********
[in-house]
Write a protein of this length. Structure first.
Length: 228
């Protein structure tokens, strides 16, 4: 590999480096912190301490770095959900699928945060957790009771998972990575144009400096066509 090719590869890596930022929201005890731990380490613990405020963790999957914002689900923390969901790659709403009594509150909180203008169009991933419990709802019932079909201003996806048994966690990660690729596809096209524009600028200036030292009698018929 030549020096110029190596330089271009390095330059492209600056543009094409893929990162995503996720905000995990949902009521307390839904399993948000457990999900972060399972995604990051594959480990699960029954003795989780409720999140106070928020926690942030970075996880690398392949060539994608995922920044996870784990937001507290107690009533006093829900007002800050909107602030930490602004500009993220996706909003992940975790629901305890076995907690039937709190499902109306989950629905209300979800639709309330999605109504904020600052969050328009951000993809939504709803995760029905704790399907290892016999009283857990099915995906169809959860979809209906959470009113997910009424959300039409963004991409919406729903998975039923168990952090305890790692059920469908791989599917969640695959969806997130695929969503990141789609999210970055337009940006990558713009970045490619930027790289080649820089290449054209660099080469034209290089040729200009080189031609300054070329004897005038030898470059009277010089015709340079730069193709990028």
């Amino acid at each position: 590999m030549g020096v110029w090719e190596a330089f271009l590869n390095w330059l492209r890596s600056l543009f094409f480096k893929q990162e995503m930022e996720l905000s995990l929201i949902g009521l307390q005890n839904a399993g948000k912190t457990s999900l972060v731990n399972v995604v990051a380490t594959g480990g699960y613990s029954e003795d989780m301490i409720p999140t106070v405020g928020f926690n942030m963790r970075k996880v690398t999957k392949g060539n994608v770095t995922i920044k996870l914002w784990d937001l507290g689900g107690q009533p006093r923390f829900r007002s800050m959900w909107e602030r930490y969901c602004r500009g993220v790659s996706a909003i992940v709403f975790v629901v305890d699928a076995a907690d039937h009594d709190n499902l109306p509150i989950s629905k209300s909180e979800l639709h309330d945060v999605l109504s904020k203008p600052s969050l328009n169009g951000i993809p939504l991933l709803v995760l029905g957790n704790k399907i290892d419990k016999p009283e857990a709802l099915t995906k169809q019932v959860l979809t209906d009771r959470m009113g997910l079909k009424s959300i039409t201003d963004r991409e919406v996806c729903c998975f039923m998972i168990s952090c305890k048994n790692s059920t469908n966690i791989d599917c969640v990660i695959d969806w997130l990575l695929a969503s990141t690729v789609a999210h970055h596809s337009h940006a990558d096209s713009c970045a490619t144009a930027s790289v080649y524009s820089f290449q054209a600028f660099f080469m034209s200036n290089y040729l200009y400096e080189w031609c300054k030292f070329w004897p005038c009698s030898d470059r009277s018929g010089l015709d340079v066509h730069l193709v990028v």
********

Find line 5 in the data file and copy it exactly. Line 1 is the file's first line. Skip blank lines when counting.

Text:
């Amino acid at each position: 590999m030549g020096v110029w090719e190596a330089f271009l590869n390095w330059l492209r890596s600056l543009f094409f480096k893929q990162e995503m930022e996720l905000s995990l929201i949902g009521l307390q005890n839904a399993g948000k912190t457990s999900l972060v731990n399972v995604v990051a380490t594959g480990g699960y613990s029954e003795d989780m301490i409720p999140t106070v405020g928020f926690n942030m963790r970075k996880v690398t999957k392949g060539n994608v770095t995922i920044k996870l914002w784990d937001l507290g689900g107690q009533p006093r923390f829900r007002s800050m959900w909107e602030r930490y969901c602004r500009g993220v790659s996706a909003i992940v709403f975790v629901v305890d699928a076995a907690d039937h009594d709190n499902l109306p509150i989950s629905k209300s909180e979800l639709h309330d945060v999605l109504s904020k203008p600052s969050l328009n169009g951000i993809p939504l991933l709803v995760l029905g957790n704790k399907i290892d419990k016999p009283e857990a709802l099915t995906k169809q019932v959860l979809t209906d009771r959470m009113g997910l079909k009424s959300i039409t201003d963004r991409e919406v996806c729903c998975f039923m998972i168990s952090c305890k048994n790692s059920t469908n966690i791989d599917c969640v990660i695959d969806w997130l990575l695929a969503s990141t690729v789609a999210h970055h596809s337009h940006a990558d096209s713009c970045a490619t144009a930027s790289v080649y524009s820089f290449q054209a600028f660099f080469m034209s200036n290089y040729l200009y400096e080189w031609c300054k030292f070329w004897p005038c009698s030898d470059r009277s018929g010089l015709d340079v066509h730069l193709v990028v």